Best in show : knit your own dog by Sally Muir & Joanna Osborne — Looking for a low-maintenance pet with an extremely high cute factor? Look no further - this book has it covered. Whether you're looking for an Afghan Hound or an English Bull Terrier, a French Bulldog or a Siberian Husky, all of these breeds and many more are included. Even if you don't end up making any of these plush pets, the photos are fun to look at and may just satisfy your cute quotient.
Mastering color knitting : simple instructions for stranded, intarsia, and double knitting by Melissa Leapman — Colorwork techniques are among the most intimidating to many knitters. It's so easy to get your strands tangled, or for a carefully worked intarsia pattern to end up puckered or stretched. This book includes a lot of instructions as well as tips for making your colorwork come out looking like you hoped it would, and has twelve projects to try.
Wild color : the complete guide to making and using natural dyes by Jenny Dean — This guide not only provides instructions on how to dye your own yarn, it also includes an extensive, detailed list of plants you can use to make your own natural dyes. In addition, there is a handy chart for determining what dyeing method is best for which types of fiber, and each plant listing shows swatches of what colors you can expect to create with it. Many of these plants may already be growing in your garden!
Luxe knits: the accessories: couture adornments to knit & crochet by Laura Zukaite; photography by Cathrine Westergaard — Accessories can be so satisfying to knit — they're usually pretty quick to make and they can refresh your wardrobe without buying a bunch of new clothes. This book features a streamlined style with a focus on lightweight yarns and tonal dyes. The patterns range in complexity from beginner to advanced.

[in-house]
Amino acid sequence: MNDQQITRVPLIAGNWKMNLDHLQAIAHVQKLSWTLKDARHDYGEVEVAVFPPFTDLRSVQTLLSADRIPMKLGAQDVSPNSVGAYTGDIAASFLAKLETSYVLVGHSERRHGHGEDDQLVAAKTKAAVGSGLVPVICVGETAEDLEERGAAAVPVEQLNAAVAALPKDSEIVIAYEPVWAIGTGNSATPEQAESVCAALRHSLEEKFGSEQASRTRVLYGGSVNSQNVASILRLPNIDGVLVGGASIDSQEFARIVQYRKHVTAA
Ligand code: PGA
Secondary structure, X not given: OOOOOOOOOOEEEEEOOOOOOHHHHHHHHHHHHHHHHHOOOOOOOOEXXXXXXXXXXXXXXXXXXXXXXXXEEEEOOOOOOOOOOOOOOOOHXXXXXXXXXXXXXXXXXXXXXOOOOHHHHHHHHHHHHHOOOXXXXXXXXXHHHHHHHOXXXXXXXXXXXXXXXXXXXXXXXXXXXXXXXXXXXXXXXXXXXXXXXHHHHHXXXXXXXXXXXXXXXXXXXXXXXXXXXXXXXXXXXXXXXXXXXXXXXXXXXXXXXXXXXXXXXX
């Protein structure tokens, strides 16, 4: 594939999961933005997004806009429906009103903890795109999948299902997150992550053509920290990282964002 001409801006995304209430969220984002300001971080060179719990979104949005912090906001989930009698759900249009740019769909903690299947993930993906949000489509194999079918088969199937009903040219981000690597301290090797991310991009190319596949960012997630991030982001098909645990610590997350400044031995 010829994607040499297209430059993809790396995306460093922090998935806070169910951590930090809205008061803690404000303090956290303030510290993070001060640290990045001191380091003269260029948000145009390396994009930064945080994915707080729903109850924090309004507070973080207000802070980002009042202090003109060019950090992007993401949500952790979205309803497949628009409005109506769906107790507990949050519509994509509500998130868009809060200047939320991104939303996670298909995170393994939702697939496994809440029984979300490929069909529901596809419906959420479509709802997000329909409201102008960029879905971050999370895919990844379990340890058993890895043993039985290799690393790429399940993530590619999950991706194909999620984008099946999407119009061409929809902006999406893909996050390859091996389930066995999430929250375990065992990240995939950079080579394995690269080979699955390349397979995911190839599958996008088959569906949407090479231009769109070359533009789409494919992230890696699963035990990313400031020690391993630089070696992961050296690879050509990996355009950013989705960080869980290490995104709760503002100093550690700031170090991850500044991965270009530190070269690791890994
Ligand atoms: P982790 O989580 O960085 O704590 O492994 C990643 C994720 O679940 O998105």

Stitch 'n bitch superstar knitting : go beyond the basics by Debbie Stoller ; with photography by Gabrielle Revere ; [illustrations by Adrienne Yan.] — Debbie Stoller is a bit of a knitting rock star, and when you see "Stitch 'n Bitch" in the title, you know there are going to be some hip, fun projects inside. This book has a ton of techniques that those who know the basics will be eager to learn. You can also use this book as a trouble-shooting guide: have difficulty getting your intarsia to lay flat? Problem solved. Puzzled by how to read lace charts? All set. And the projects are awesome! I'm not a sock-knitter, but the Skull Isle Socks might just make me a convert.
Sock yarn one-skein wonders by edited by Judith Durant — So often I find myself with just one skein of a gorgeous yarn. It can be hard to know what to do with it, and running short just shy of completing a project is not a place I want to be. I also love sock yarn, but I'm not a sock-knitter, so I love these projects that allow me to use that gorgeous fiber in other ways. I have added many of these items to my queue!